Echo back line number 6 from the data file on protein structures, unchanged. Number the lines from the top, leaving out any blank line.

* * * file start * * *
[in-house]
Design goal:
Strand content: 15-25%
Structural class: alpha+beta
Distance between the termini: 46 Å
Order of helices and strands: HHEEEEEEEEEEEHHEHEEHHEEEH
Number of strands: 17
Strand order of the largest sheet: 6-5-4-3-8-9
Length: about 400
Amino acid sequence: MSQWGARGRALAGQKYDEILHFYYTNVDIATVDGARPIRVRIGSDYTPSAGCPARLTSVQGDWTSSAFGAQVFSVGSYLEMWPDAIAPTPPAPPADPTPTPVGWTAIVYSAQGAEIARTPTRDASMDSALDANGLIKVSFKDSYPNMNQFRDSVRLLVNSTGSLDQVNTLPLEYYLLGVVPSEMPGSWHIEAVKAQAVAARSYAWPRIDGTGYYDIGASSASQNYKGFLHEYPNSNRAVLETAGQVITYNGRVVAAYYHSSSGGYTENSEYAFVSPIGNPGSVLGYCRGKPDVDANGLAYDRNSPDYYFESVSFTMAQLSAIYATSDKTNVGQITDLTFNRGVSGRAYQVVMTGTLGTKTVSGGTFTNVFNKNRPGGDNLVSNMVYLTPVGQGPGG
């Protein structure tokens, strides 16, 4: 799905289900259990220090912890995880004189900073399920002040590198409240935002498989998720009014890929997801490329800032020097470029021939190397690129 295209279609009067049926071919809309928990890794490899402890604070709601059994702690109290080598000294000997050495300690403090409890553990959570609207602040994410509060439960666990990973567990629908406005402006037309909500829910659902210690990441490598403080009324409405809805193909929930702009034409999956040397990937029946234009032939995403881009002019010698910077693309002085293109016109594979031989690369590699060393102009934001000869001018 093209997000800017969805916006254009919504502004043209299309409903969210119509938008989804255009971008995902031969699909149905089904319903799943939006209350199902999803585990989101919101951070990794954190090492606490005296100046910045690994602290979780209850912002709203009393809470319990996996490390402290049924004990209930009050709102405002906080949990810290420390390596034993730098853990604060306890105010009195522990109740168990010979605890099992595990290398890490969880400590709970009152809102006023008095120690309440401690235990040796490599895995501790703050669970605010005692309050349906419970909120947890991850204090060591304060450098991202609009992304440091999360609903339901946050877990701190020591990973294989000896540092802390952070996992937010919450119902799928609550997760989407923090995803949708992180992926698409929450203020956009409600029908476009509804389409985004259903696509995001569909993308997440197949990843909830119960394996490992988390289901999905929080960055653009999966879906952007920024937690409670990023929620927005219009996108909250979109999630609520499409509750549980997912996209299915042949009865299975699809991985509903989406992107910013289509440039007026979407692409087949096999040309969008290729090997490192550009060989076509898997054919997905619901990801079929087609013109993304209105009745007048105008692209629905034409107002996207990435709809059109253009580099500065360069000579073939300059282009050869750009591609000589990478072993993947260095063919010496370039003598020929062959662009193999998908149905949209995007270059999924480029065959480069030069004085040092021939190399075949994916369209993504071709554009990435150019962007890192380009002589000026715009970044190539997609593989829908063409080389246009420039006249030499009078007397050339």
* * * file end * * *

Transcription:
Order of helices and strands: HHEEEEEEEEEEEHHEHEEHHEEEH